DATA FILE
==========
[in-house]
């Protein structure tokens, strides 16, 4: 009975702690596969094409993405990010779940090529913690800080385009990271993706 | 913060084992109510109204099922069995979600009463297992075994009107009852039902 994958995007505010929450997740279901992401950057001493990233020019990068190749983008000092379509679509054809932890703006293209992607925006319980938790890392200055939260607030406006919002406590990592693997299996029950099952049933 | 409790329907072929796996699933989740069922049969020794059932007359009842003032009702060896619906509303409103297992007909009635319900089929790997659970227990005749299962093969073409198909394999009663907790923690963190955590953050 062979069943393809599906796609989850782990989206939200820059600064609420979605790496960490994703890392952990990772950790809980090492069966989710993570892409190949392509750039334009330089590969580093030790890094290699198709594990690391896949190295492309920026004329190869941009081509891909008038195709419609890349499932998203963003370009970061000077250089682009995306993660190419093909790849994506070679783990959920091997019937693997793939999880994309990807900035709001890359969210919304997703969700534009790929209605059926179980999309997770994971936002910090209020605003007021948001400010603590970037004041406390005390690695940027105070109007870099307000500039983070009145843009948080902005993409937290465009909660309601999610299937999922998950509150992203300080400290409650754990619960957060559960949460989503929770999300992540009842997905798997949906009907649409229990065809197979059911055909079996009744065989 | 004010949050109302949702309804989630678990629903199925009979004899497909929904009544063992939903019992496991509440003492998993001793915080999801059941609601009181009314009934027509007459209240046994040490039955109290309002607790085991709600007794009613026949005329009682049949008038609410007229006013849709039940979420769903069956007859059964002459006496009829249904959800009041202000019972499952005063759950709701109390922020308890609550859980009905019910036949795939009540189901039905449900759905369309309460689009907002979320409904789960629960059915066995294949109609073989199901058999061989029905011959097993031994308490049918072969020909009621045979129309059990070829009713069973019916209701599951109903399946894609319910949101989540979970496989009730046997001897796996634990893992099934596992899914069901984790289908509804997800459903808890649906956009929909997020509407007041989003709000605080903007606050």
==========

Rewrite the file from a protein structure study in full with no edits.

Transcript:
[in-house]
């Protein structure tokens, strides 16, 4: 009975702690596969094409993405990010779940090529913690800080385009990271993706 | 913060084992109510109204099922069995979600009463297992075994009107009852039902 994958995007505010929450997740279901992401950057001493990233020019990068190749983008000092379509679509054809932890703006293209992607925006319980938790890392200055939260607030406006919002406590990592693997299996029950099952049933 | 409790329907072929796996699933989740069922049969020794059932007359009842003032009702060896619906509303409103297992007909009635319900089929790997659970227990005749299962093969073409198909394999009663907790923690963190955590953050 062979069943393809599906796609989850782990989206939200820059600064609420979605790496960490994703890392952990990772950790809980090492069966989710993570892409190949392509750039334009330089590969580093030790890094290699198709594990690391896949190295492309920026004329190869941009081509891909008038195709419609890349499932998203963003370009970061000077250089682009995306993660190419093909790849994506070679783990959920091997019937693997793939999880994309990807900035709001890359969210919304997703969700534009790929209605059926179980999309997770994971936002910090209020605003007021948001400010603590970037004041406390005390690695940027105070109007870099307000500039983070009145843009948080902005993409937290465009909660309601999610299937999922998950509150992203300080400290409650754990619960957060559960949460989503929770999300992540009842997905798997949906009907649409229990065809197979059911055909079996009744065989 | 004010949050109302949702309804989630678990629903199925009979004899497909929904009544063992939903019992496991509440003492998993001793915080999801059941609601009181009314009934027509007459209240046994040490039955109290309002607790085991709600007794009613026949005329009682049949008038609410007229006013849709039940979420769903069956007859059964002459006496009829249904959800009041202000019972499952005063759950709701109390922020308890609550859980009905019910036949795939009540189901039905449900759905369309309460689009907002979320409904789960629960059915066995294949109609073989199901058999061989029905011959097993031994308490049918072969020909009621045979129309059990070829009713069973019916209701599951109903399946894609319910949101989540979970496989009730046997001897796996634990893992099934596992899914069901984790289908509804997800459903808890649906956009929909997020509407007041989003709000605080903007606050």